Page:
When Alice Hama, sommelier at Crustacean in Beverly Hills, selects a wine to pair with a dish, she doesn’t refer to it as a pairing; in her words, she finds “a wine friend” for the food. She looks at it more like matchmaking with the food, the wine, and, most importantly, the guest. “Certain foods and wine get along better than others, just like people,” Hama explained.
She also furnishes what she describes as “story pairings” with her wine recommendations. “Wine is not only about the aroma and profile, but it’s also about the story. Especially in Beverly Hills since there are a lot of film people,” said Hama. If she learns that the guests are celebrating a romantic anniversary or on a date night, she may offer the couple a wine from Freeman in Sonoma, a winery that was established by a man and woman in love, and share their story.
Hama also happens to be the only Japanese female sommelier in Los Angeles, an ambassador for Japanese wine, and a certified sake somm from Japan. One of her areas of expertise is pairing wines with Asian cuisine. In the past, Western somms would knee-jerk pour riesling for all Asian foods. The thinking was since there is a sweet element to Asian cuisine as opposed to French, a sweet wine would go with the food.
Furthermore, wine to Hama isn’t just an accompaniment to the food but rather the final ingredient. “Wine should be the next layer to the sauce,” said Hama, “Some fish are soy sauce based, others are gravy. Reds for fish so they can be friends with the sauce.”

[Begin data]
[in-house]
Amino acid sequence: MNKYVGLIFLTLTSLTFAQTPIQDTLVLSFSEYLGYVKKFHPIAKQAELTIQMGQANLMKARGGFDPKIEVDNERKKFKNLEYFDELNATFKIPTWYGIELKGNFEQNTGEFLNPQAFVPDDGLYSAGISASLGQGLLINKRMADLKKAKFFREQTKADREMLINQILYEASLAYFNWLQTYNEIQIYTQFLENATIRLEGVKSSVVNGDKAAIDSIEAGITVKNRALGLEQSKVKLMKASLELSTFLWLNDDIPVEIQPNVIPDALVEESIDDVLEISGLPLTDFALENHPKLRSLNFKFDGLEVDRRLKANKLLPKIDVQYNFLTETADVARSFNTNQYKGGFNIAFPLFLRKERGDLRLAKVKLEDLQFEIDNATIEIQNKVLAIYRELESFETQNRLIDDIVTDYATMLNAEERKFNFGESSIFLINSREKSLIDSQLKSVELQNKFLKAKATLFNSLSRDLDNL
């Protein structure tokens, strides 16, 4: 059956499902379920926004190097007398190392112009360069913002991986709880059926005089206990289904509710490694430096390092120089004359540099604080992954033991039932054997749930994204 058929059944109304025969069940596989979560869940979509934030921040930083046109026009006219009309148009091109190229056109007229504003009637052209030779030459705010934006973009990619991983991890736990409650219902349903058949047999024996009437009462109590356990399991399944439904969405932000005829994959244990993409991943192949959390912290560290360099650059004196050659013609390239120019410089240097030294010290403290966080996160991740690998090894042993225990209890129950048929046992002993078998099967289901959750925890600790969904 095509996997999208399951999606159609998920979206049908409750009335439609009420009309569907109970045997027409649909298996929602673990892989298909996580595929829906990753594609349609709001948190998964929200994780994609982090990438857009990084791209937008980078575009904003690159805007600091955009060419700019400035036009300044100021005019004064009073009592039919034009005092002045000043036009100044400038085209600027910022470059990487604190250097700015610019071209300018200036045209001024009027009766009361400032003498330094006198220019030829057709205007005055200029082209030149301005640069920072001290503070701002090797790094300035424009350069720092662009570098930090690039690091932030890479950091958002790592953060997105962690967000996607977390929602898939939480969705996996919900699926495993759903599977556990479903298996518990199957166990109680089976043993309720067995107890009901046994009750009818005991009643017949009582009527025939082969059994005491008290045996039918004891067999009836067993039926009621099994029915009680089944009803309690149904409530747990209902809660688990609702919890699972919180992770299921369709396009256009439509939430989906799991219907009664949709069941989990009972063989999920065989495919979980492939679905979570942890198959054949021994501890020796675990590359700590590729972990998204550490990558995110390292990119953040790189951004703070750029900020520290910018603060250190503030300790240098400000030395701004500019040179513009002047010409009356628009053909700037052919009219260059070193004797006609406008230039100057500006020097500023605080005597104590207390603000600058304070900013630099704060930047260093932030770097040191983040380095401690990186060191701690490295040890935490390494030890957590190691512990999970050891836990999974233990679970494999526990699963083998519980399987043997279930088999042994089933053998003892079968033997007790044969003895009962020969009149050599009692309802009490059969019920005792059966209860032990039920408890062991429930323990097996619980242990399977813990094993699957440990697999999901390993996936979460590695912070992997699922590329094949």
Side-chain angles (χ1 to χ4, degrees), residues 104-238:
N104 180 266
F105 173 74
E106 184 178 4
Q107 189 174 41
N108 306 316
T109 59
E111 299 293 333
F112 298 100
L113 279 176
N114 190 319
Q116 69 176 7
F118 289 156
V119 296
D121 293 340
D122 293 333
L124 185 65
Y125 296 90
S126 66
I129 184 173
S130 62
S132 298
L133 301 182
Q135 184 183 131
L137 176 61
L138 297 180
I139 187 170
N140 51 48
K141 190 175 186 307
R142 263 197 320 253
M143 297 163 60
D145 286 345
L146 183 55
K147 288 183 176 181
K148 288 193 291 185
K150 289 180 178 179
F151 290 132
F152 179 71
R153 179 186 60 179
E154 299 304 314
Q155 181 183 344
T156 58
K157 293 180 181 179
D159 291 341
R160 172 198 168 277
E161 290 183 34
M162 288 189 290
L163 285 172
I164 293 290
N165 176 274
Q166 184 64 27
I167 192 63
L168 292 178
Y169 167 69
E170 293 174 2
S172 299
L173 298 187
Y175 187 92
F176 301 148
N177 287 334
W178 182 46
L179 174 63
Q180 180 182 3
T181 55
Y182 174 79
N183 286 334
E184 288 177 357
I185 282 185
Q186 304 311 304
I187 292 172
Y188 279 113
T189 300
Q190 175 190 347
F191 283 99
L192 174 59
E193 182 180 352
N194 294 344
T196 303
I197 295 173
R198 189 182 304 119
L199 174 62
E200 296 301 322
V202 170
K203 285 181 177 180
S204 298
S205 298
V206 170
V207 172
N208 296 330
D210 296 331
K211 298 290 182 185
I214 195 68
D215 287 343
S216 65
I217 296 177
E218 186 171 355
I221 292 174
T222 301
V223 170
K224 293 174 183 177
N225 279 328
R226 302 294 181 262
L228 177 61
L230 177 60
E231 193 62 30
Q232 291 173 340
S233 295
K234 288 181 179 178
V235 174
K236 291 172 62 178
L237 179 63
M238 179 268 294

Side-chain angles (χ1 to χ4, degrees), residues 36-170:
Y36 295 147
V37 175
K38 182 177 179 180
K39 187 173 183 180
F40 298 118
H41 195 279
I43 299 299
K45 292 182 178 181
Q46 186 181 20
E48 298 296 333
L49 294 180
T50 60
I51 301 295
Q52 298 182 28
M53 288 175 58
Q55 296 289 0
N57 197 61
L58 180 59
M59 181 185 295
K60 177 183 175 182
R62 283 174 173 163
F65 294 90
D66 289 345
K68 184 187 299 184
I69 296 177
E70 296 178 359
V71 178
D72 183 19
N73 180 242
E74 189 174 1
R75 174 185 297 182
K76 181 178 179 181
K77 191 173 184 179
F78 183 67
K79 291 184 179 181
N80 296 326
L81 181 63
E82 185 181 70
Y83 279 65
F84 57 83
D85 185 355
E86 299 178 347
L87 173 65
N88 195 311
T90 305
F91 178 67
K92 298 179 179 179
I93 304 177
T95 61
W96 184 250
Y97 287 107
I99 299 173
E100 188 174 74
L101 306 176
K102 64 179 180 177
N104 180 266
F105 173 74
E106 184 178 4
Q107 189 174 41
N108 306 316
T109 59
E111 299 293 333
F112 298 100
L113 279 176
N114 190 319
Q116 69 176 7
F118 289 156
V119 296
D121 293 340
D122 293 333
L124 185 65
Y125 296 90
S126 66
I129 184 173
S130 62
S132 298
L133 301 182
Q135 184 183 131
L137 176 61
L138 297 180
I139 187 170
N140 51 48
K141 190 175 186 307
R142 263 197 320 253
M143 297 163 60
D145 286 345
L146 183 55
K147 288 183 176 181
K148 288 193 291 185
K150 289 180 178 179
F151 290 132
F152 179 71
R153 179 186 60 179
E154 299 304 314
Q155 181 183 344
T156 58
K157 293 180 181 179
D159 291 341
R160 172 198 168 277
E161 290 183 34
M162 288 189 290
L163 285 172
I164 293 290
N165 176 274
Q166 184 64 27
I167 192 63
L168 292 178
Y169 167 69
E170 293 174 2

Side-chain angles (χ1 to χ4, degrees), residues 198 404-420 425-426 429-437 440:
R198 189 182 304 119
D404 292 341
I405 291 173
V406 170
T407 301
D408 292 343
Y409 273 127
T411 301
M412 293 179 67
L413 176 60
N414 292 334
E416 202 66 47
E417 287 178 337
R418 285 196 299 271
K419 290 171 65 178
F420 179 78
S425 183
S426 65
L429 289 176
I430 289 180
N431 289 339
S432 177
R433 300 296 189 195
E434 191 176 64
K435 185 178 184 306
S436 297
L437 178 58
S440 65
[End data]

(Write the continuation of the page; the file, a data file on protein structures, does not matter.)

Of course now, I had to ask her to help me pair my favorite foods with wine. Here are her tips.
Crustacean’s Roasted Crab with Garlic Sauce and Secret Spices:”If focusing on the garlic component, then drink Champagne or sparkling wine. If it’s the herbs that are getting attention, try a red.”
Something really spicy from Chengdu Taste:”Normally, these foods are high acid foods—do not pair a red. My first choice is Champagne to cleanse the palate and not fight the spice. Also, a German sweet wine Gewürztraminer is a trendy wine in the somm community. It has a profile of lychee and white rose. It’s also good with spicy Vietnamese food.”
Sushi—”Sushi rice has a little sweetness. If it’s salmon with sea salt, go with Chardonnay. But if it’s aged soy sauce, pair with Pinot noir or Cabernet. Tuna goes with Cab. Also, if the fish is wrapped in nori, the dried seaweed, that’s a red wine friend.”
Thai or Indian Curry:”Champagne for spicy. But for Indian food, I’d recommend Indian Syrah. India actually grows grapes and produces wine, Syrah in particular. Ideally, I’d pair local food with local wine. If Indian wine is not available, go with Australian, but not French. The climates are more similar.”
So, the next time you’re out for dinner, rather than pairing your food with wine, friend it one instead. That’s exactly what wine’s all about anyway.
Crustacean, 9646 South Santa Monica Blvd., Beverly Hills, 310-205-8990